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The long-term effects of capital gains taxes in New Zealand

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  • Andrew Coleman

Abstract

This paper develops a model of the housing market to examine the long-term consequences of different types of capital gains taxes. The model, which uses an overlapping generations framework to model the housing demands of agents who differ by age, income, and wealth, incorporates rental and owner-occupancy options, credit constraints, detailed tax regulations, and a construction sector. It suggests capital gains taxes will raise rents, increase homeownership rates, promote smaller houses, and increase the net foreign asset position. The welfare implications are less clear, particularly for young low income households that will face higher rents.

Suggested Citation

  • Andrew Coleman, 2010. "The long-term effects of capital gains taxes in New Zealand," New Zealand Economic Papers, Taylor & Francis Journals, vol. 44(2), pages 159-177.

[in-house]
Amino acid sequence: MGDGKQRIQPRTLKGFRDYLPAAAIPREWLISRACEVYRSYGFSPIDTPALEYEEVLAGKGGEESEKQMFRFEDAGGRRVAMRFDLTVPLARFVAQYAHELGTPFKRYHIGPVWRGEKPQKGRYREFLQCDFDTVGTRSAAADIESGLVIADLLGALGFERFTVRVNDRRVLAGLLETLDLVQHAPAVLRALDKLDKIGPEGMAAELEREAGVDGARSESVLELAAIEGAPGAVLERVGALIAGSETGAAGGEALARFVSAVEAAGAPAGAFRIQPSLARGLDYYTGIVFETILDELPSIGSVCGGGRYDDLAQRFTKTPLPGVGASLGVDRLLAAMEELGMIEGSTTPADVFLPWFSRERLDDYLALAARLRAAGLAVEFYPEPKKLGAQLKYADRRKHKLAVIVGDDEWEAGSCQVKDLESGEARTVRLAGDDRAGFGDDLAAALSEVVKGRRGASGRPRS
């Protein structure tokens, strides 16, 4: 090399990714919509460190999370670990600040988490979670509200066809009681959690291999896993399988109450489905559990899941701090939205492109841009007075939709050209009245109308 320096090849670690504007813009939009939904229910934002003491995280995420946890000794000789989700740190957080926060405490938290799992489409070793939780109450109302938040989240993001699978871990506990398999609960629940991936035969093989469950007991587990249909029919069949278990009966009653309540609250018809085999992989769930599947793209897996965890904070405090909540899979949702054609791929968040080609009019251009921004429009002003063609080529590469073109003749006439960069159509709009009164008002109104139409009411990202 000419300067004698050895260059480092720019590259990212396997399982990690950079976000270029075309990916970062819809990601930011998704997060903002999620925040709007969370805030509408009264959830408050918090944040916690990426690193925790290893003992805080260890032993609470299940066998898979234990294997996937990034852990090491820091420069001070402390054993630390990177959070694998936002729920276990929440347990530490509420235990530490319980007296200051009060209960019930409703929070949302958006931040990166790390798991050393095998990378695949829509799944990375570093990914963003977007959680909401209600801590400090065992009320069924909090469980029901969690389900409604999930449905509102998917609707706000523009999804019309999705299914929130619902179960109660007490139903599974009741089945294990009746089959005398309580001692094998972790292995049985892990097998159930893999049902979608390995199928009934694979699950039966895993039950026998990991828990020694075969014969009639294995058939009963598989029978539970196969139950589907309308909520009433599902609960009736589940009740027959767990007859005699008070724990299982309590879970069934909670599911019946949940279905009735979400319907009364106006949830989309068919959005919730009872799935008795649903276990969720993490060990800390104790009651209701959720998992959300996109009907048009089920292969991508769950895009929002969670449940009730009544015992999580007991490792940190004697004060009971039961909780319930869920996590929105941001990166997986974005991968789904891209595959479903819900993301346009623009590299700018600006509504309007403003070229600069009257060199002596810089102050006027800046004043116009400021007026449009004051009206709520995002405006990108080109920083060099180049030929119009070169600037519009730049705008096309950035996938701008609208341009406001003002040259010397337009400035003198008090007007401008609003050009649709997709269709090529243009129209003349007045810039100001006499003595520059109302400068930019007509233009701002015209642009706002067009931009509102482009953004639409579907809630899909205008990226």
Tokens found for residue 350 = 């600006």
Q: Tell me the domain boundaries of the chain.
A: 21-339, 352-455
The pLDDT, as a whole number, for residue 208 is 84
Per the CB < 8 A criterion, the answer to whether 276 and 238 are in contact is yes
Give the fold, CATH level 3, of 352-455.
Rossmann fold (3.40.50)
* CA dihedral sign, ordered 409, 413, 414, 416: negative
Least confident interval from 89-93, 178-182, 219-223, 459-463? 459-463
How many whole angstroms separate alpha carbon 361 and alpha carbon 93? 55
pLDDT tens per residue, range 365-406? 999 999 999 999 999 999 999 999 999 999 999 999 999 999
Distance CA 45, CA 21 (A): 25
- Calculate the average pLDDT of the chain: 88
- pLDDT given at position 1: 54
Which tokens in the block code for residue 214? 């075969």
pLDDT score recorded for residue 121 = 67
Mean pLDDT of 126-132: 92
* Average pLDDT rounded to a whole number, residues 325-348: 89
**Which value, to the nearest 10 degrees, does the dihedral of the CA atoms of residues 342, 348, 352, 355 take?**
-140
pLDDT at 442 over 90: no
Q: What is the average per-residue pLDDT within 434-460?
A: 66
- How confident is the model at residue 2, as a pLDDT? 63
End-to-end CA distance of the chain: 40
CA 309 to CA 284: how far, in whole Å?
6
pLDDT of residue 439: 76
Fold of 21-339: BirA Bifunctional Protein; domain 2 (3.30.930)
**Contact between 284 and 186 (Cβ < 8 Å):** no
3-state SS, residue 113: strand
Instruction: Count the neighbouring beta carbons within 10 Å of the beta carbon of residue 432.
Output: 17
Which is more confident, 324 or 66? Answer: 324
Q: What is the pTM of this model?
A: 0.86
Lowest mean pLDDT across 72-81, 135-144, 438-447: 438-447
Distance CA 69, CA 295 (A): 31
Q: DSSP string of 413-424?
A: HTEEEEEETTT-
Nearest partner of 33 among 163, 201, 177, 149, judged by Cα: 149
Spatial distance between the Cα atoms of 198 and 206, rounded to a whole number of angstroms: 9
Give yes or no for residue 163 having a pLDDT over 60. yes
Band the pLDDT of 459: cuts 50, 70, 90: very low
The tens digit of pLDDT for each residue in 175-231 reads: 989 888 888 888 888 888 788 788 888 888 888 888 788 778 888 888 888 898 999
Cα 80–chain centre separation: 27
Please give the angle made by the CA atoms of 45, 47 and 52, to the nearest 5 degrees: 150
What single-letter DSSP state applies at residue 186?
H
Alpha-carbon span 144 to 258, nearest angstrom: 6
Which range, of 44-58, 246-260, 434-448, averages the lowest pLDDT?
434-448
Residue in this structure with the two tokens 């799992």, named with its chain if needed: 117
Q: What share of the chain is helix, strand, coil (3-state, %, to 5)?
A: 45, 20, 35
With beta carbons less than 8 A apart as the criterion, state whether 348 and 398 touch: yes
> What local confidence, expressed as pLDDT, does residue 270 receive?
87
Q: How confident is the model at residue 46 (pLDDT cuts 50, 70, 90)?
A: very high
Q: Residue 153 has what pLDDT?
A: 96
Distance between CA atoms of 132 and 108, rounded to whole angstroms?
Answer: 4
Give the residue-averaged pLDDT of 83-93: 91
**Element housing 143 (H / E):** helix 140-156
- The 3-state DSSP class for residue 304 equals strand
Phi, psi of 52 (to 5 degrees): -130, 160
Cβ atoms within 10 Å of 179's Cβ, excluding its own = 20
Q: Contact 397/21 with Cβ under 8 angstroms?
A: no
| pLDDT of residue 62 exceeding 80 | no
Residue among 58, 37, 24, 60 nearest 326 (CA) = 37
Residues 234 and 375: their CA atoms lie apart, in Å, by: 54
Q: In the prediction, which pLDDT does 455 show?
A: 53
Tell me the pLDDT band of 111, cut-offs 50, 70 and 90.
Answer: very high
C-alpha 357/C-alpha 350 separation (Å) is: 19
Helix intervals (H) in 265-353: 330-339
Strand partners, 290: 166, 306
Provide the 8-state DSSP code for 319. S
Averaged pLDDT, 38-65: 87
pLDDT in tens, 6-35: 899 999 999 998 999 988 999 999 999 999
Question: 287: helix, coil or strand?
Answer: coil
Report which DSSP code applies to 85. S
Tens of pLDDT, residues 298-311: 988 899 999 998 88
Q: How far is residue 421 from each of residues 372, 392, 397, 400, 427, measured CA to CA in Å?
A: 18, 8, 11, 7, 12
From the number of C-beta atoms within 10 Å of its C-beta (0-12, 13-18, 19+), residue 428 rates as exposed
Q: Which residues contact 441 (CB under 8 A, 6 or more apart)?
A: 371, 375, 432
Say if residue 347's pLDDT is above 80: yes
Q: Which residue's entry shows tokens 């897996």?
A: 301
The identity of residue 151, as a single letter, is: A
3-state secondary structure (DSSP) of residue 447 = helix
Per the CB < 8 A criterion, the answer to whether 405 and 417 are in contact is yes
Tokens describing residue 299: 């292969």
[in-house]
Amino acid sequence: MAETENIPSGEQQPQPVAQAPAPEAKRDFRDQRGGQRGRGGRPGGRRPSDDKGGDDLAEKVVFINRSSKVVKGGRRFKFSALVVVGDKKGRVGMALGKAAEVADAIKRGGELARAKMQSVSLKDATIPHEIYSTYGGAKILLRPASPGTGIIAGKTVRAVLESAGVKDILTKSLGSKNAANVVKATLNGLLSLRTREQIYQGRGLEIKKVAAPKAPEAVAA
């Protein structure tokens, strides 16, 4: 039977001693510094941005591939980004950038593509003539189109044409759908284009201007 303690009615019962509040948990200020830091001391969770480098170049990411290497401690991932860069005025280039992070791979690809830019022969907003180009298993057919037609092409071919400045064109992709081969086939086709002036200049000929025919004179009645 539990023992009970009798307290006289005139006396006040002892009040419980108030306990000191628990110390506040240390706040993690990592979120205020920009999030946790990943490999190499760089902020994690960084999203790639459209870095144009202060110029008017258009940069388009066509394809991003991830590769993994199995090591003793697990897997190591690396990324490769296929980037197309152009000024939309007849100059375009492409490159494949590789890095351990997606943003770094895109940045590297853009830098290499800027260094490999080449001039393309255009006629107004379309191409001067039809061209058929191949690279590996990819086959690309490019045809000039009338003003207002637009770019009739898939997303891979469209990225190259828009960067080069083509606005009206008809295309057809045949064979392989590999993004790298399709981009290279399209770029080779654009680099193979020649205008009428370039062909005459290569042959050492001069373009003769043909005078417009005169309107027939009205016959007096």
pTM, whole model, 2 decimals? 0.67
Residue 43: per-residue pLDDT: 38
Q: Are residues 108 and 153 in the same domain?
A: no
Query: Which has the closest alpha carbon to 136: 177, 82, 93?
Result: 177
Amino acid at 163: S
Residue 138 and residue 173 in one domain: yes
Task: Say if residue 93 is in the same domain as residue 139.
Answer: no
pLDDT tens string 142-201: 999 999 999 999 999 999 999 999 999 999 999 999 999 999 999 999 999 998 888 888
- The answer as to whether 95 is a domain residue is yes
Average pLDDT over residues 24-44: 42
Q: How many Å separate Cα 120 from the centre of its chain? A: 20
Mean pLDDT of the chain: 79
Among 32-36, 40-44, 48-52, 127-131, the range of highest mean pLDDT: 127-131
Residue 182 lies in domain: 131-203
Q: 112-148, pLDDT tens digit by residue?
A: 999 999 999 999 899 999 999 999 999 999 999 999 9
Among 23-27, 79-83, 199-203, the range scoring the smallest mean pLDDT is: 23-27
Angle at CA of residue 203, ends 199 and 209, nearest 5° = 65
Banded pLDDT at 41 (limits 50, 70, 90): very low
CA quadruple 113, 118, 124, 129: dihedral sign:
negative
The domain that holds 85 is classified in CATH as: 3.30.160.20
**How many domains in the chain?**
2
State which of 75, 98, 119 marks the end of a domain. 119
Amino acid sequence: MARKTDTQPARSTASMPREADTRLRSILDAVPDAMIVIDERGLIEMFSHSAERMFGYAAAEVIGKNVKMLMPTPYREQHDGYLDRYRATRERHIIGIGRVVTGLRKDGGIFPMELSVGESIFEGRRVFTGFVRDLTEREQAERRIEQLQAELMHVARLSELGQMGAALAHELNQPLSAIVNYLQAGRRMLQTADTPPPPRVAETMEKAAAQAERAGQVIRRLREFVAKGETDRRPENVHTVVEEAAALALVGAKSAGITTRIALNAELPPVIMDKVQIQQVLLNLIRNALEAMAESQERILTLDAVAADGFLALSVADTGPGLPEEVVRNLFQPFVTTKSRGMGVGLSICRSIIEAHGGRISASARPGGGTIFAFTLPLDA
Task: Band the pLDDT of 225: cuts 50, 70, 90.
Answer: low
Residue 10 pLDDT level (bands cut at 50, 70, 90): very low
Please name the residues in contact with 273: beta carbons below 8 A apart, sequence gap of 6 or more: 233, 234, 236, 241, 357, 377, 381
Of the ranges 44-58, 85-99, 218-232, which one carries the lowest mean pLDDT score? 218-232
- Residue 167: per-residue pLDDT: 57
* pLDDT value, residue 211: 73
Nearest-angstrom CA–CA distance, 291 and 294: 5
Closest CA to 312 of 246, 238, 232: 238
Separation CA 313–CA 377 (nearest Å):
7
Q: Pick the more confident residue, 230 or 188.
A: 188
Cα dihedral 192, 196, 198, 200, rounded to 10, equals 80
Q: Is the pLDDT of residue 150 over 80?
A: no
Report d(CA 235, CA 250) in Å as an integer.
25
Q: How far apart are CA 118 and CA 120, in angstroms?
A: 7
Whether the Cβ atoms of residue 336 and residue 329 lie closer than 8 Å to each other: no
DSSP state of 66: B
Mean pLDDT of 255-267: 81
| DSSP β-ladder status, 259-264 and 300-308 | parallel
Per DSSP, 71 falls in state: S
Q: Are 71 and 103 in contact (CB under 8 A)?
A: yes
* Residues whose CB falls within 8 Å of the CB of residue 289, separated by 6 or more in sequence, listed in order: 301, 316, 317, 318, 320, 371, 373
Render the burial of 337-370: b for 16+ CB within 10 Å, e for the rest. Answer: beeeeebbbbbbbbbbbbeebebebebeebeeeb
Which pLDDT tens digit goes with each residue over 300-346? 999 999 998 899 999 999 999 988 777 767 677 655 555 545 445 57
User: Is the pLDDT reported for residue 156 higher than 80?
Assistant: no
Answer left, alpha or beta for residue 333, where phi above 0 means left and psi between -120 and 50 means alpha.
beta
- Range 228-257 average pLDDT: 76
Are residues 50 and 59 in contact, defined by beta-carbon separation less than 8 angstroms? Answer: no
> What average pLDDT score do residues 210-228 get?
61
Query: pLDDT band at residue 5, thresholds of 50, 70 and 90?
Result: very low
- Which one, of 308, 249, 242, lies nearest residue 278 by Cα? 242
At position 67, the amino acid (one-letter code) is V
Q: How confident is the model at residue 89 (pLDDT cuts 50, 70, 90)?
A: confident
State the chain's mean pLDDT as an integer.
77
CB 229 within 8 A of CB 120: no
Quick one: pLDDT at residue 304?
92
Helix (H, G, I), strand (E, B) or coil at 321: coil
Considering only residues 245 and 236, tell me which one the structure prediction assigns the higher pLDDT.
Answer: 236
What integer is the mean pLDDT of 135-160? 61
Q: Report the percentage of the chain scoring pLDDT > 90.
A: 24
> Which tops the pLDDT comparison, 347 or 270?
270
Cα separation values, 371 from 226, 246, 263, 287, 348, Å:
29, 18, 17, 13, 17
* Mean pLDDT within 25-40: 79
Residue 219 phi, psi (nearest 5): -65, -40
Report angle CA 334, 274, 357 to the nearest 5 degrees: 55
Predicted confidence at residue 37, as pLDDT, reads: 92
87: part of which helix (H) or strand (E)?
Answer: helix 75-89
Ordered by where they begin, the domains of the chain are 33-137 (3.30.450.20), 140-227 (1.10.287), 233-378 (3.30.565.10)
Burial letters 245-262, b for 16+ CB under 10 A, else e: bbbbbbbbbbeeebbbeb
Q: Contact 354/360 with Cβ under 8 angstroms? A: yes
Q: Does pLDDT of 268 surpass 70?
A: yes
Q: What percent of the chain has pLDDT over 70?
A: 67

• Handle: RePEc:taf:nzecpp:v:44:y:2010:i:2:p:159-177
    DOI: 10.1080/00779954.2010.492575
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    References listed on IDEAS

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    1. Andrew Coleman & Grant Scobie, 2009. "A Simple Model of Housing Rental and Ownership with Policy Simulations," Working Papers 09_08, Motu Economic and Public Policy Research.
    2. Martin S. Feldstein, 1999. "Capital Income Taxes and the Benefit of Price Stability," NBER Chapters,in: The Costs and Benefits of Price Stability, pages 9-46 National Bureau of Economic Research, Inc.
    3. Andrew Coleman, 2007. "Credit constraints and housing markets in New Zealand," Reserve Bank of New Zealand Discussion Paper Series DP2007/11, Reserve Bank of New Zealand.
    4. Martin S. Feldstein, 1997. "The Costs and Benefits of Going from Low Inflation to Price Stability," NBER Chapters,in: Reducing Inflation: Motivation and Strategy, pages 123-166 National Bureau of Economic Research, Inc.
    5. Andrew Coleman, 2009. "The long term effects of capital gains taxes in New Zealand," Working Papers 09_13, Motu Economic and Public Policy Research.
    6. Andrew Coleman, 2008. "Tax, Credit Constraints, and the Big Costs of Small Inflation," Working Papers 08_14, Motu Economic and Public Policy Research.
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